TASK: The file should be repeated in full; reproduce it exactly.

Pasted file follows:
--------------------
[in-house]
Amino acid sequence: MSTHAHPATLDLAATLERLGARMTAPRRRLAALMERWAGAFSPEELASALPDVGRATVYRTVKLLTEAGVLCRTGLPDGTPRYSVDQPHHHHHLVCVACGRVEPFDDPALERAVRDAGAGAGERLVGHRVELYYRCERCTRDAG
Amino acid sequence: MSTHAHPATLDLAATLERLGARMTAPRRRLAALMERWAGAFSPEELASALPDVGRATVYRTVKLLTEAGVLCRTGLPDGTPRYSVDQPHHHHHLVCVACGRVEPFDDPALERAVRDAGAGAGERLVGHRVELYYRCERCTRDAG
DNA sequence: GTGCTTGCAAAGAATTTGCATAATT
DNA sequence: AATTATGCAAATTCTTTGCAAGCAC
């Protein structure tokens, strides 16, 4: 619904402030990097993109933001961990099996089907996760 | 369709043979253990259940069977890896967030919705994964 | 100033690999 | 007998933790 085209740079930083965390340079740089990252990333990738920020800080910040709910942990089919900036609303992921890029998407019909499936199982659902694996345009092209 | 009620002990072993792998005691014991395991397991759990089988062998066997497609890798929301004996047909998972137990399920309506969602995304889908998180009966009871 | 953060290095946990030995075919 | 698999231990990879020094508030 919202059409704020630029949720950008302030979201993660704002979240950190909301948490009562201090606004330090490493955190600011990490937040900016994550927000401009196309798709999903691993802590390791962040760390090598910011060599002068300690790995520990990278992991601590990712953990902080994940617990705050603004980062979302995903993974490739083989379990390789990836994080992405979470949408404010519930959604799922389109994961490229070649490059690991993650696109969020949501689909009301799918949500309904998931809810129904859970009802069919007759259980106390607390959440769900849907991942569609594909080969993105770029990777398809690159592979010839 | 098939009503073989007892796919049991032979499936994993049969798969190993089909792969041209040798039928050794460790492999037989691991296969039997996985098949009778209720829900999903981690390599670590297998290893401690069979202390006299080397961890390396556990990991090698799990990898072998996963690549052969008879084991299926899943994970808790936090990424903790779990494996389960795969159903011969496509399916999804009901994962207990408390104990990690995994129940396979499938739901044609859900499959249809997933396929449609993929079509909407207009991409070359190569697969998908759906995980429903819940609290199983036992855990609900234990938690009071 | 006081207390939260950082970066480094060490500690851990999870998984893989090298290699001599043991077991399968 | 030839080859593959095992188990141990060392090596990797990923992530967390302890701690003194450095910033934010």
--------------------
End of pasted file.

[in-house]
Amino acid sequence: MSTHAHPATLDLAATLERLGARMTAPRRRLAALMERWAGAFSPEELASALPDVGRATVYRTVKLLTEAGVLCRTGLPDGTPRYSVDQPHHHHHLVCVACGRVEPFDDPALERAVRDAGAGAGERLVGHRVELYYRCERCTRDAG
Amino acid sequence: MSTHAHPATLDLAATLERLGARMTAPRRRLAALMERWAGAFSPEELASALPDVGRATVYRTVKLLTEAGVLCRTGLPDGTPRYSVDQPHHHHHLVCVACGRVEPFDDPALERAVRDAGAGAGERLVGHRVELYYRCERCTRDAG
DNA sequence: GTGCTTGCAAAGAATTTGCATAATT
DNA sequence: AATTATGCAAATTCTTTGCAAGCAC
């Protein structure tokens, strides 16, 4: 619904402030990097993109933001961990099996089907996760 | 369709043979253990259940069977890896967030919705994964 | 100033690999 | 007998933790 085209740079930083965390340079740089990252990333990738920020800080910040709910942990089919900036609303992921890029998407019909499936199982659902694996345009092209 | 009620002990072993792998005691014991395991397991759990089988062998066997497609890798929301004996047909998972137990399920309506969602995304889908998180009966009871 | 953060290095946990030995075919 | 698999231990990879020094508030 919202059409704020630029949720950008302030979201993660704002979240950190909301948490009562201090606004330090490493955190600011990490937040900016994550927000401009196309798709999903691993802590390791962040760390090598910011060599002068300690790995520990990278992991601590990712953990902080994940617990705050603004980062979302995903993974490739083989379990390789990836994080992405979470949408404010519930959604799922389109994961490229070649490059690991993650696109969020949501689909009301799918949500309904998931809810129904859970009802069919007759259980106390607390959440769900849907991942569609594909080969993105770029990777398809690159592979010839 | 098939009503073989007892796919049991032979499936994993049969798969190993089909792969041209040798039928050794460790492999037989691991296969039997996985098949009778209720829900999903981690390599670590297998290893401690069979202390006299080397961890390396556990990991090698799990990898072998996963690549052969008879084991299926899943994970808790936090990424903790779990494996389960795969159903011969496509399916999804009901994962207990408390104990990690995994129940396979499938739901044609859900499959249809997933396929449609993929079509909407207009991409070359190569697969998908759906995980429903819940609290199983036992855990609900234990938690009071 | 006081207390939260950082970066480094060490500690851990999870998984893989090298290699001599043991077991399968 | 030839080859593959095992188990141990060392090596990797990923992530967390302890701690003194450095910033934010």